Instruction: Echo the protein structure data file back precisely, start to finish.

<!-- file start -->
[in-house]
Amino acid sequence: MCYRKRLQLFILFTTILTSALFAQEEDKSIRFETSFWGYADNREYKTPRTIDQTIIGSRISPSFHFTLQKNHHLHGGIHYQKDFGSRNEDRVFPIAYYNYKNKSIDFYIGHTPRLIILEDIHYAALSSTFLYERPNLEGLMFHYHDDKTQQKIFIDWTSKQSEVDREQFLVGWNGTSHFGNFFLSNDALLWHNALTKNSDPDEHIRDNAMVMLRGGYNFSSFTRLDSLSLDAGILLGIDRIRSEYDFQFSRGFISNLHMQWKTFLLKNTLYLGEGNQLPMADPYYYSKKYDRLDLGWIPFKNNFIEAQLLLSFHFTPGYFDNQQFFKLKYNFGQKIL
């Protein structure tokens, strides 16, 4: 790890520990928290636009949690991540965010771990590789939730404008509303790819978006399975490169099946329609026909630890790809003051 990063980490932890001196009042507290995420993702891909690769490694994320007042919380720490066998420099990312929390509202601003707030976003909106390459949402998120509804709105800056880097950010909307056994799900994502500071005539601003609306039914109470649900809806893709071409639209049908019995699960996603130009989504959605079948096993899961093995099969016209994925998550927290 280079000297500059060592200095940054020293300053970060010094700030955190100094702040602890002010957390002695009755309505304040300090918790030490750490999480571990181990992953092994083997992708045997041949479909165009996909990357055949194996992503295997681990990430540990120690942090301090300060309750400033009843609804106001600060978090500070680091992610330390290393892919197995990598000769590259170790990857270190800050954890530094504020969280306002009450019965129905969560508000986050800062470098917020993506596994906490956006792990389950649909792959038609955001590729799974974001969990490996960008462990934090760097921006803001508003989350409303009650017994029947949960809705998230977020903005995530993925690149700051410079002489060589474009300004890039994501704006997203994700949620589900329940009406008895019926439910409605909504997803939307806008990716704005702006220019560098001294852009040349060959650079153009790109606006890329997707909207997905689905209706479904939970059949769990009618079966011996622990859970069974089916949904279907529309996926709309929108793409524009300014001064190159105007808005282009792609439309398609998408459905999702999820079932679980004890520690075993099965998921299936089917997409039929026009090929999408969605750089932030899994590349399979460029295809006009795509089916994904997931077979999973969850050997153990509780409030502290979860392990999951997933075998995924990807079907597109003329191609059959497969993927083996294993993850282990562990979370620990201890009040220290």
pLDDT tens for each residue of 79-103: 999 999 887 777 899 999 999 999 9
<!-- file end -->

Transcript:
[in-house]
Amino acid sequence: MCYRKRLQLFILFTTILTSALFAQEEDKSIRFETSFWGYADNREYKTPRTIDQTIIGSRISPSFHFTLQKNHHLHGGIHYQKDFGSRNEDRVFPIAYYNYKNKSIDFYIGHTPRLIILEDIHYAALSSTFLYERPNLEGLMFHYHDDKTQQKIFIDWTSKQSEVDREQFLVGWNGTSHFGNFFLSNDALLWHNALTKNSDPDEHIRDNAMVMLRGGYNFSSFTRLDSLSLDAGILLGIDRIRSEYDFQFSRGFISNLHMQWKTFLLKNTLYLGEGNQLPMADPYYYSKKYDRLDLGWIPFKNNFIEAQLLLSFHFTPGYFDNQQFFKLKYNFGQKIL
């Protein structure tokens, strides 16, 4: 790890520990928290636009949690991540965010771990590789939730404008509303790819978006399975490169099946329609026909630890790809003051 990063980490932890001196009042507290995420993702891909690769490694994320007042919380720490066998420099990312929390509202601003707030976003909106390459949402998120509804709105800056880097950010909307056994799900994502500071005539601003609306039914109470649900809806893709071409639209049908019995699960996603130009989504959605079948096993899961093995099969016209994925998550927290 280079000297500059060592200095940054020293300053970060010094700030955190100094702040602890002010957390002695009755309505304040300090918790030490750490999480571990181990992953092994083997992708045997041949479909165009996909990357055949194996992503295997681990990430540990120690942090301090300060309750400033009843609804106001600060978090500070680091992610330390290393892919197995990598000769590259170790990857270190800050954890530094504020969280306002009450019965129905969560508000986050800062470098917020993506596994906490956006792990389950649909792959038609955001590729799974974001969990490996960008462990934090760097921006803001508003989350409303009650017994029947949960809705998230977020903005995530993925690149700051410079002489060589474009300004890039994501704006997203994700949620589900329940009406008895019926439910409605909504997803939307806008990716704005702006220019560098001294852009040349060959650079153009790109606006890329997707909207997905689905209706479904939970059949769990009618079966011996622990859970069974089916949904279907529309996926709309929108793409524009300014001064190159105007808005282009792609439309398609998408459905999702999820079932679980004890520690075993099965998921299936089917997409039929026009090929999408969605750089932030899994590349399979460029295809006009795509089916994904997931077979999973969850050997153990509780409030502290979860392990999951997933075998995924990807079907597109003329191609059959497969993927083996294993993850282990562990979370620990201890009040220290």
pLDDT tens for each residue of 79-103: 999 999 887 777 899 999 999 999 9